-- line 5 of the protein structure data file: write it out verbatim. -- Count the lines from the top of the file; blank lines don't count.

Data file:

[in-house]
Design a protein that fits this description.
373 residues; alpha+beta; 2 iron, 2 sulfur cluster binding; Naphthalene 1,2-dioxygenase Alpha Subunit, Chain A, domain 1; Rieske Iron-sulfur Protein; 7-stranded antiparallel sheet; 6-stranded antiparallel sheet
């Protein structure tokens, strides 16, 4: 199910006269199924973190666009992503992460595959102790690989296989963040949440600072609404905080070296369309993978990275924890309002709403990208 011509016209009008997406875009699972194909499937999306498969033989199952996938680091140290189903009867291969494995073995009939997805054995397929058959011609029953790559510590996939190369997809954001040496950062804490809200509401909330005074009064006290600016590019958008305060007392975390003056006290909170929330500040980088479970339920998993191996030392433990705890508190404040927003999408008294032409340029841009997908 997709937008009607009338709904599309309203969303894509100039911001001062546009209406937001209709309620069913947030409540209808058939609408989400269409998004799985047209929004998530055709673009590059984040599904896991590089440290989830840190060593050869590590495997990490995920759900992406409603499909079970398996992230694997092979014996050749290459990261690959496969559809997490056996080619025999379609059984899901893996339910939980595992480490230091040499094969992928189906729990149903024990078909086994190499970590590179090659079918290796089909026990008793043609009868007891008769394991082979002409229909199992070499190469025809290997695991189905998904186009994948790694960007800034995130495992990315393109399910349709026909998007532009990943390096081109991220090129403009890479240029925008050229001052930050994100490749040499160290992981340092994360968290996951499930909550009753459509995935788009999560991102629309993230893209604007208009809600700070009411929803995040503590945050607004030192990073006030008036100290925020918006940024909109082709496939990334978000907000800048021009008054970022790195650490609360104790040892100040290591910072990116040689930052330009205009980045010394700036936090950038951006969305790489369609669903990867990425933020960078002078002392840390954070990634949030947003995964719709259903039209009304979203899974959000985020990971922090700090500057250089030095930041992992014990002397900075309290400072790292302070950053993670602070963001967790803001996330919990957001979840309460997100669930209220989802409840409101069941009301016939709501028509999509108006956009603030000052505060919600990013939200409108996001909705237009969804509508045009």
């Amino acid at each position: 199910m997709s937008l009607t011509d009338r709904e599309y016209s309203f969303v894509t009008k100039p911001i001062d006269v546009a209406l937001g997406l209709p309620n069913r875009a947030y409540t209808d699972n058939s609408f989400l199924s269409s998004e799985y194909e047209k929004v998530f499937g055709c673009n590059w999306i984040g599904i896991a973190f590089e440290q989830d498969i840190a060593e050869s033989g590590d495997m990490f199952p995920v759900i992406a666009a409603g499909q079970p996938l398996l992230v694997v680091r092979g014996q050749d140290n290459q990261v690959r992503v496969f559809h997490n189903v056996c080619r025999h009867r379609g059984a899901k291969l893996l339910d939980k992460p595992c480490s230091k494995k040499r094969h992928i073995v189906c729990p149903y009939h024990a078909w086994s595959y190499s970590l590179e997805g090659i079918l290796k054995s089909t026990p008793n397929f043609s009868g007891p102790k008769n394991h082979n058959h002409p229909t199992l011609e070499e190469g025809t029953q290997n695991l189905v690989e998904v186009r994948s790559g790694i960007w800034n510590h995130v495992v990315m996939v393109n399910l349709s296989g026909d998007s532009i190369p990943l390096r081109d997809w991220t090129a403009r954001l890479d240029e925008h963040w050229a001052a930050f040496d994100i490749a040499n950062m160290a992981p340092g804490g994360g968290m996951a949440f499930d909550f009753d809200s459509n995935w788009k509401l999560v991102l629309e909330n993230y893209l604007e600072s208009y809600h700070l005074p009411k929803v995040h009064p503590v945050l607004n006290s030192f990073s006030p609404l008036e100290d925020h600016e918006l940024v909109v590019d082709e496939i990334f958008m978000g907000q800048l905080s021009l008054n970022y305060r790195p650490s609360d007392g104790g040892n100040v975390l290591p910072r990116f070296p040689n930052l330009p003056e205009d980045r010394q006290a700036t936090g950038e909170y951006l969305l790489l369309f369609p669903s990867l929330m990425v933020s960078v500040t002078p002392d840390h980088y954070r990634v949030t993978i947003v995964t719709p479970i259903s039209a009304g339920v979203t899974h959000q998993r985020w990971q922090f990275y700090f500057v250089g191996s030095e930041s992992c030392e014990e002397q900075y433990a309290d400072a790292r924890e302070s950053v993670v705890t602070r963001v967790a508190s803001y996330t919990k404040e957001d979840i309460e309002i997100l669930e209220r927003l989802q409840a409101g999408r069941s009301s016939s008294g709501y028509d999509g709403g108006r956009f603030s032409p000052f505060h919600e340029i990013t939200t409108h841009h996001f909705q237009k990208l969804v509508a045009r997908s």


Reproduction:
């Amino acid at each position: 199910m997709s937008l009607t011509d009338r709904e599309y016209s309203f969303v894509t009008k100039p911001i001062d006269v546009a209406l937001g997406l209709p309620n069913r875009a947030y409540t209808d699972n058939s609408f989400l199924s269409s998004e799985y194909e047209k929004v998530f499937g055709c673009n590059w999306i984040g599904i896991a973190f590089e440290q989830d498969i840190a060593e050869s033989g590590d495997m990490f199952p995920v759900i992406a666009a409603g499909q079970p996938l398996l992230v694997v680091r092979g014996q050749d140290n290459q990261v690959r992503v496969f559809h997490n189903v056996c080619r025999h009867r379609g059984a899901k291969l893996l339910d939980k992460p595992c480490s230091k494995k040499r094969h992928i073995v189906c729990p149903y009939h024990a078909w086994s595959y190499s970590l590179e997805g090659i079918l290796k054995s089909t026990p008793n397929f043609s009868g007891p102790k008769n394991h082979n058959h002409p229909t199992l011609e070499e190469g025809t029953q290997n695991l189905v690989e998904v186009r994948s790559g790694i960007w800034n510590h995130v495992v990315m996939v393109n399910l349709s296989g026909d998007s532009i190369p990943l390096r081109d997809w991220t090129a403009r954001l890479d240029e925008h963040w050229a001052a930050f040496d994100i490749a040499n950062m160290a992981p340092g804490g994360g968290m996951a949440f499930d909550f009753d809200s459509n995935w788009k509401l999560v991102l629309e909330n993230y893209l604007e600072s208009y809600h700070l005074p009411k929803v995040h009064p503590v945050l607004n006290s030192f990073s006030p609404l008036e100290d925020h600016e918006l940024v909109v590019d082709e496939i990334f958008m978000g907000q800048l905080s021009l008054n970022y305060r790195p650490s609360d007392g104790g040892n100040v975390l290591p910072r990116f070296p040689n930052l330009p003056e205009d980045r010394q006290a700036t936090g950038e909170y951006l969305l790489l369309f369609p669903s990867l929330m990425v933020s960078v500040t002078p002392d840390h980088y954070r990634v949030t993978i947003v995964t719709p479970i259903s039209a009304g339920v979203t899974h959000q998993r985020w990971q922090f990275y700090f500057v250089g191996s030095e930041s992992c030392e014990e002397q900075y433990a309290d400072a790292r924890e302070s950053v993670v705890t602070r963001v967790a508190s803001y996330t919990k404040e957001d979840i309460e309002i997100l669930e209220r927003l989802q409840a409101g999408r069941s009301s016939s008294g709501y028509d999509g709403g108006r956009f603030s032409p000052f505060h919600e340029i990013t939200t409108h841009h996001f909705q237009k990208l969804v509508a045009r997908s």